The unprecedented has enabled a rise in personal and cryptic text, expressing the frustrations of re-shifting work practices and feelings. Consequently, the film and audio derive from the struggles Akhtar experienced during the SARS-CoV-2 lockdown.
The palimpsestic notions of application, erasure and regeneration integrate her making and its reconsideration, in relation to mark resist (50 x 70 cm), 80gsm copier paper with sumi ink, (21 x 29.7 cm) and etching (39 x 55 cm). The layering of words, physical actions, mediums and ideas accompanied by spontaneous encounters outlines the importance of memories and their inability to dissipate.
Before the national lockdown, the print room and its processes became a place of contentment. This recollection of the past simultaneously coincides, joyful and melancholic expressions between her inner soul and the activities undertaken.
Akhtar’s printing logs fused with the physicality of G.06 leads to an obscuring of time, journey and movement, heard via the nuances in erased characters and words in transit, reiterating the role of impermanence, caught between feelings and actions.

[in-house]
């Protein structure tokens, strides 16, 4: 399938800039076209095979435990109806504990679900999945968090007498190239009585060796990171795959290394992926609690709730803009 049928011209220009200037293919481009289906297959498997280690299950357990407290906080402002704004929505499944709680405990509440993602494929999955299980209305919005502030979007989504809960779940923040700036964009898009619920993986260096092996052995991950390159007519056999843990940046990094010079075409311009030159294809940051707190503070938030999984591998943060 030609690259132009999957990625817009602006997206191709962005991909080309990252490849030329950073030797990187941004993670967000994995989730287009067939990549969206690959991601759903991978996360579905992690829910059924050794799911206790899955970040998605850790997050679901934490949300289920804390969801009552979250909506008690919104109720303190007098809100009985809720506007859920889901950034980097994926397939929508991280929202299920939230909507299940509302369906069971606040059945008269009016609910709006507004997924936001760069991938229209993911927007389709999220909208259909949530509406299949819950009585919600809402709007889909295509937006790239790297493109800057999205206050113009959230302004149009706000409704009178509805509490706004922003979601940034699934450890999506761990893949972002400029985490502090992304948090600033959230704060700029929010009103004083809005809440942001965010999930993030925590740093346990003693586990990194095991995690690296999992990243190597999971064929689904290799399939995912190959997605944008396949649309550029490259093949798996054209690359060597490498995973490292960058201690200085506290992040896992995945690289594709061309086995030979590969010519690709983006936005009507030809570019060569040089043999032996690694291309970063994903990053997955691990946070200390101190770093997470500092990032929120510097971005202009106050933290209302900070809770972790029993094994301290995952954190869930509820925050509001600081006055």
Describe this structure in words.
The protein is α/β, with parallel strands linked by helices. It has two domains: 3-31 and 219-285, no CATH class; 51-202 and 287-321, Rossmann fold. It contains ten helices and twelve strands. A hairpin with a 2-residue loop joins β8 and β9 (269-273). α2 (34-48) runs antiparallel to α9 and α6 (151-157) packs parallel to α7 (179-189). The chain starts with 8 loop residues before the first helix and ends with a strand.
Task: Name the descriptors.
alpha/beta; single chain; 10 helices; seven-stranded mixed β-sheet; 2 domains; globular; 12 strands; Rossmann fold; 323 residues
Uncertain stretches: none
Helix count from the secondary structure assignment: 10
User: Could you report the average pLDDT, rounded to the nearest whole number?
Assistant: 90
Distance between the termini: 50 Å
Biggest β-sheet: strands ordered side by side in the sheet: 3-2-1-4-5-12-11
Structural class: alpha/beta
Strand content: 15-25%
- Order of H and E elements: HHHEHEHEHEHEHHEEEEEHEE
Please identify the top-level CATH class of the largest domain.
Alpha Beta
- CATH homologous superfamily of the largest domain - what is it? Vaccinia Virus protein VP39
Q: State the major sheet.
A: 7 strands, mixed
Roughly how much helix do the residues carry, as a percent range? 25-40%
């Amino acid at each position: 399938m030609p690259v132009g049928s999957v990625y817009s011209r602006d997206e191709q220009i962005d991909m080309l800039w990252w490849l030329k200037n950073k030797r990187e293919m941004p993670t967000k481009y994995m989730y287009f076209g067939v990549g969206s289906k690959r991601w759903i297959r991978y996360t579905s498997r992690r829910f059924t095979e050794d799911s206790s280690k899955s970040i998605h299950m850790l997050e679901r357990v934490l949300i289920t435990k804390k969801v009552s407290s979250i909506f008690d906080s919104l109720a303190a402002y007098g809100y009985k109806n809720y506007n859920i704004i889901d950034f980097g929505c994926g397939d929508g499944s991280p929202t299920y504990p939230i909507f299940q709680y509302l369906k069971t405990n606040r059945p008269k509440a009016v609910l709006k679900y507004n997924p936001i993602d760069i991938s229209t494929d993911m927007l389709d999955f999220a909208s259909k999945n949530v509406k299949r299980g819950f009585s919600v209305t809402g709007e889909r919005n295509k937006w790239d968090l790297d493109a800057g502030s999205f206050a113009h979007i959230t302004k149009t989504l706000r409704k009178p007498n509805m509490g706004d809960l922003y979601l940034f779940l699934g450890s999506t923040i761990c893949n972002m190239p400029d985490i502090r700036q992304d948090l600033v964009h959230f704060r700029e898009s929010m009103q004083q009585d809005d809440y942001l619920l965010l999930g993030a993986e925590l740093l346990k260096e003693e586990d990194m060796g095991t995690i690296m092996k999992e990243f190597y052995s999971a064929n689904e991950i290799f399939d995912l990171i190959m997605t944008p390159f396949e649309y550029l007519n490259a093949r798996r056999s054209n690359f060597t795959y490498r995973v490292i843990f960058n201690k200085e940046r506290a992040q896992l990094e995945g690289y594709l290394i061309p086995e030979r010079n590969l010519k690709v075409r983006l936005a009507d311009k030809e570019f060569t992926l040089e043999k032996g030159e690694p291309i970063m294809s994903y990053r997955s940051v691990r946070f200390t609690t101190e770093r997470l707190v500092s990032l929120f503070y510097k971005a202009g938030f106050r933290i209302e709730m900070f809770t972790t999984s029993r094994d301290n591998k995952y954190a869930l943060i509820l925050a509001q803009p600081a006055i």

Taiba Akhtar’s practice explores the organic nature of handmade marks inspired through religious and cultural entities, communicating a sense of language and mark making, adjoined to materials and processes. Notions of home, belief, permanence and impermanence integrate the visual and verbal, unfolding different motifs and hidden meanings.
Akhtar’s use of language becomes blurred and obscured with an emphasis on displacement and fluxity, juxtaposed within her interplay of symbols and scripts. Layering intensifies Akhtar’s journey of self, derived from the constant recitation of Quranic verses, of allusion to meditation and intuition. Similarly, forms of visibility and unintelligibility correlate to time and the passing of time, entangling thoughts, feelings and actions.
Akhtar’s narratives vary across the seen and heard reassembling what was there, what is there and what might be, centralising a palimpsest. Consequently, her manipulative gestures reinforce an array of emotions and expressions; rhizomatic with her experiences thus, an enhanced ritual understanding. Her abstraction of language becomes performative, through the guise of writing, reciting and rewriting.